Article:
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What you don't expect

flowerIt's true what they say: if you love your job you'll never work a day in your life. That could not be more true in my case. For the last 13 and a half years I've had the privilege of working in the social service sector with youth and adults from all walks of life, with various challenges. Working in a field that requires communication when faced with the hurdle of a stutter takes on a whole new meaning. 

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Stuttering as Honest Speech

acceptance

The striking young woman is poised and confident on the stage. Her voice is strong as she describes her own stuttering in eloquent poetic language. Her stuttering is “…in breath calm and measured… stripping speech of nuance…” She addresses the trepidations of saying her own name: “I have let it sit heavy in my throat…. a tool of betrayal…” She reveals that “the stuttering is the most honest part of me…” and “…the only thing that never lies…”. To applause, she states “…when I stutter I am speaking my own language fluently…”.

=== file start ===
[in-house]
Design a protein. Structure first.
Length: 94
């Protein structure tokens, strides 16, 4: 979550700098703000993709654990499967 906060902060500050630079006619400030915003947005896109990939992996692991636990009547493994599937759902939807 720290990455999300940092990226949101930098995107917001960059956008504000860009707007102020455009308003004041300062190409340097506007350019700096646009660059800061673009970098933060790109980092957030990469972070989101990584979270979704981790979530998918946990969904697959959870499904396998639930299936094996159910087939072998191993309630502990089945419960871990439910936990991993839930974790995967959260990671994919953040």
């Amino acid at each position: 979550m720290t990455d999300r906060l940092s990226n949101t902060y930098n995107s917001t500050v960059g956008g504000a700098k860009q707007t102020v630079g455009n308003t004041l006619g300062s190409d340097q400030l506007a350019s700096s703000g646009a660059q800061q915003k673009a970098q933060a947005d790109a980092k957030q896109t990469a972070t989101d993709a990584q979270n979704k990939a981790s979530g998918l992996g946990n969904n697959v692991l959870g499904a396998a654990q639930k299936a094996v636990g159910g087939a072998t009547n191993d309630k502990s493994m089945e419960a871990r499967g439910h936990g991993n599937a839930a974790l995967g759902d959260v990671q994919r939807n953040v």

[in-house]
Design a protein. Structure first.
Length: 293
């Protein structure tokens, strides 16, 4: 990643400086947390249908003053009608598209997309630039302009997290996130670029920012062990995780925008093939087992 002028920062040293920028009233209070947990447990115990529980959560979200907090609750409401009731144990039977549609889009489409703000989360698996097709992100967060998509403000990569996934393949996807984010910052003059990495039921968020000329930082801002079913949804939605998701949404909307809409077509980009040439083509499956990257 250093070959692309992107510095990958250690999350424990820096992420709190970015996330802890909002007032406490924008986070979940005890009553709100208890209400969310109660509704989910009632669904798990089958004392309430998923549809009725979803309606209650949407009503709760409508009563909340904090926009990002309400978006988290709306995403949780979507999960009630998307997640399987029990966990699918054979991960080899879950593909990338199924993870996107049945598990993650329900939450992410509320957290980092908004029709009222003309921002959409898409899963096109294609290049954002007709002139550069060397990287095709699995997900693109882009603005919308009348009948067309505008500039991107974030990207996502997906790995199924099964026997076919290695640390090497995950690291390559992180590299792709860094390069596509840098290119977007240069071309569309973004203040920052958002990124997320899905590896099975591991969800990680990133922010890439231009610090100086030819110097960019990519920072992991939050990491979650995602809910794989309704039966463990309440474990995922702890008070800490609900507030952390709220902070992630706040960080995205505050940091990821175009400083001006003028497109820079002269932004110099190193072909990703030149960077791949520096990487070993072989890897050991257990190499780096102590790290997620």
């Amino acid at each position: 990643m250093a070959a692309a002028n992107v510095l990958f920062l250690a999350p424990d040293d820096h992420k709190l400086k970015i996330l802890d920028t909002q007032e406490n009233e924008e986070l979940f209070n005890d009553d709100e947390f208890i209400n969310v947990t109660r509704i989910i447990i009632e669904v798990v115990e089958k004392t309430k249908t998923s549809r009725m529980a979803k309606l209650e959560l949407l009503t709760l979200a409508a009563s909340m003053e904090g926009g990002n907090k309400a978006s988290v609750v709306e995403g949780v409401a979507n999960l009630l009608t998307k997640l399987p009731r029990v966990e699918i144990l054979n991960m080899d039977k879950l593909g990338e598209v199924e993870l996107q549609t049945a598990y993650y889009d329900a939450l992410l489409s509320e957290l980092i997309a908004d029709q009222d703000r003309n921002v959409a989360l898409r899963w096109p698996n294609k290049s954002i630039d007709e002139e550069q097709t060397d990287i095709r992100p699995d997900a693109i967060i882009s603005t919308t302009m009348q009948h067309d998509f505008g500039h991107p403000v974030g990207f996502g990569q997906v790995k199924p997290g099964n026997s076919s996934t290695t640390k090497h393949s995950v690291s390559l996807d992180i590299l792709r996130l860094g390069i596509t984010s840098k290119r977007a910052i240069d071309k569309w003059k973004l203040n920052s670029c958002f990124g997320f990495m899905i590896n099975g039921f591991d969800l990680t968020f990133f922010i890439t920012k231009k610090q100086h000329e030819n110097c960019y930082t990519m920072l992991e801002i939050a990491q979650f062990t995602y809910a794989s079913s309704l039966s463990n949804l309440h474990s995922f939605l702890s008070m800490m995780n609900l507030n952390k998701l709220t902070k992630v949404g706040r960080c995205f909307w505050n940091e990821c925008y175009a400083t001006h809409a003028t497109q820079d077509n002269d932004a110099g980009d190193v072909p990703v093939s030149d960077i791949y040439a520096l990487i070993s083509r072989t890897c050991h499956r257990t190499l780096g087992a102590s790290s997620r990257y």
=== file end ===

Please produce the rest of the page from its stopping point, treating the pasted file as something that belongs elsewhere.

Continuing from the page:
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Talking to Children about Stuttering

For many years, I was involved in community self-organizing on behalf of people who stutter. Years ago I formed a Toronto-based self-help group for people who stutter; our first meeting was held in September 1988 at the North York Library.

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Age of Acceptance

acceptanceAs society evolves, equality, above all else, is a key factor. Topics once not talked about are now coming to the forefront and light is being shone where there once was darkness. In my career in social services I've seen society's view on minorities change, and I've seen acceptance in the communities of developmentally challenged individuals. We have come so far, yet we still have so far to go.

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